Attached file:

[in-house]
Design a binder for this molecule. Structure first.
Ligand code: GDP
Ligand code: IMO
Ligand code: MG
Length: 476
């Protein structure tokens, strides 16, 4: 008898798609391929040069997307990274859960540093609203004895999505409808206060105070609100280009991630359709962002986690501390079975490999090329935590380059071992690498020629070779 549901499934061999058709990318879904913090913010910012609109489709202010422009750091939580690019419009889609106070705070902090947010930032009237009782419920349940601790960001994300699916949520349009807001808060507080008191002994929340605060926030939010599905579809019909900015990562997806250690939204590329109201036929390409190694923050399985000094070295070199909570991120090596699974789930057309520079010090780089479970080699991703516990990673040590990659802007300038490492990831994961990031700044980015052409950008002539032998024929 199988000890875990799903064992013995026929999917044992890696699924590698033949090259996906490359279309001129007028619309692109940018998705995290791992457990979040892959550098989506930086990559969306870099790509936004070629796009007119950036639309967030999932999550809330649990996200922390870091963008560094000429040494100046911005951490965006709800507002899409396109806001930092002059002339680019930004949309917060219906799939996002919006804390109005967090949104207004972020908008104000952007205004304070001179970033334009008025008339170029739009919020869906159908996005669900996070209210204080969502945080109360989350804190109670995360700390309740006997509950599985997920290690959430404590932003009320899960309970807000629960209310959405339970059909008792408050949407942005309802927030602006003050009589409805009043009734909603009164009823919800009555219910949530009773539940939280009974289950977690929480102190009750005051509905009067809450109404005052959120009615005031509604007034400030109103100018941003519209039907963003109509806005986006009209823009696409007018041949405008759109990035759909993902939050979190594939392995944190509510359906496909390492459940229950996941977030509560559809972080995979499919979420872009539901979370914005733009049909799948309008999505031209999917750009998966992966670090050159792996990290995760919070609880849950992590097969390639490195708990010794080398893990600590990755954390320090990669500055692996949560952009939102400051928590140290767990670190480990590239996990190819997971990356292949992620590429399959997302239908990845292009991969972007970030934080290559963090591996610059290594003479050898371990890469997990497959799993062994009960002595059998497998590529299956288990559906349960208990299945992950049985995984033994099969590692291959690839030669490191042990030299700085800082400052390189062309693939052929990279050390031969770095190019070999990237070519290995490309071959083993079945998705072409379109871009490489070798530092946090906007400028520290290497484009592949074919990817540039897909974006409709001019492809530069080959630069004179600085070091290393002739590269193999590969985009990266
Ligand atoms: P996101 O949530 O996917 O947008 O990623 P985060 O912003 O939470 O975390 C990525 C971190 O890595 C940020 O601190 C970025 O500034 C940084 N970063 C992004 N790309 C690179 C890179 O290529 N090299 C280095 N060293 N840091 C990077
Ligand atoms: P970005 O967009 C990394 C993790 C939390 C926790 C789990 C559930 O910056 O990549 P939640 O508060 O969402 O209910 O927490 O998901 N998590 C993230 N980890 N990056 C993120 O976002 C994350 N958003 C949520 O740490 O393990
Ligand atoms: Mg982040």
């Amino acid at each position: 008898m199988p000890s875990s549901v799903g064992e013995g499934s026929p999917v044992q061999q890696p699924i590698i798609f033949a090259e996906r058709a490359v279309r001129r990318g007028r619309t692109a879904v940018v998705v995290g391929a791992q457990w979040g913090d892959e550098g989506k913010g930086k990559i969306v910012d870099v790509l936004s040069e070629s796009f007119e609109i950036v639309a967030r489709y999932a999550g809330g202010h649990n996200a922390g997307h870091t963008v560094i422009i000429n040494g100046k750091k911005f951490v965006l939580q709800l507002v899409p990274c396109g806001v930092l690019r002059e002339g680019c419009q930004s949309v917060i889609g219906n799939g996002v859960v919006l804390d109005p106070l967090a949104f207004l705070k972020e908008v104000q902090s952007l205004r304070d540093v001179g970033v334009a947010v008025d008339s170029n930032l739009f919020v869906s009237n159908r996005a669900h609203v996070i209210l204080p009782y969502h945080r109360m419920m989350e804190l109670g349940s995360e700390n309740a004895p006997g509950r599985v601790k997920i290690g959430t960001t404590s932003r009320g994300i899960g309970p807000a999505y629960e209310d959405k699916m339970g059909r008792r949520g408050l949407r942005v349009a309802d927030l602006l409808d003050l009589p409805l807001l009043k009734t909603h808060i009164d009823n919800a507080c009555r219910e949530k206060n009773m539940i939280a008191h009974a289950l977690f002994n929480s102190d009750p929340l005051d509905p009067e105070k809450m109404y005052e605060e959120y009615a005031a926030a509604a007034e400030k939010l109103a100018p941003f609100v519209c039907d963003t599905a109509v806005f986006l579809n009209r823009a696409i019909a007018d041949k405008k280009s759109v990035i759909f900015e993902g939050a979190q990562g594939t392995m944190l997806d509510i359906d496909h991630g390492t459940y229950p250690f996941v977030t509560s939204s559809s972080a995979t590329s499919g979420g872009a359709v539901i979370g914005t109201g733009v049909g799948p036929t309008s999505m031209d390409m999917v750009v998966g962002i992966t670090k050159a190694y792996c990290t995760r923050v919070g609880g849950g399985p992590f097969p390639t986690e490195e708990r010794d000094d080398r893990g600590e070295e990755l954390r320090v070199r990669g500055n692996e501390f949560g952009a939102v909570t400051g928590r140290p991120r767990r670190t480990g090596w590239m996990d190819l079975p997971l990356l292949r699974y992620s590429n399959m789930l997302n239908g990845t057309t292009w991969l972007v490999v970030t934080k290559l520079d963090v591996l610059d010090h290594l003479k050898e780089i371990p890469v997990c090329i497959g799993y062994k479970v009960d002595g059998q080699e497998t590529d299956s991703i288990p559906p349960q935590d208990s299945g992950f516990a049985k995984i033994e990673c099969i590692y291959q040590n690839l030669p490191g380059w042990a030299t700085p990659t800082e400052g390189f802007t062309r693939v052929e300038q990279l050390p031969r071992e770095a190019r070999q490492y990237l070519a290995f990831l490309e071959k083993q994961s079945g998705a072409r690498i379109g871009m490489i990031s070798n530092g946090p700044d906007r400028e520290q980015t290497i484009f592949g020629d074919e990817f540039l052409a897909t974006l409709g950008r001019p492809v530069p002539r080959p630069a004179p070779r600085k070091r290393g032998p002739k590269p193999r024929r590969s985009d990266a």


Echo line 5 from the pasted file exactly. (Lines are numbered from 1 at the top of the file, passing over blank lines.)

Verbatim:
Ligand code: MG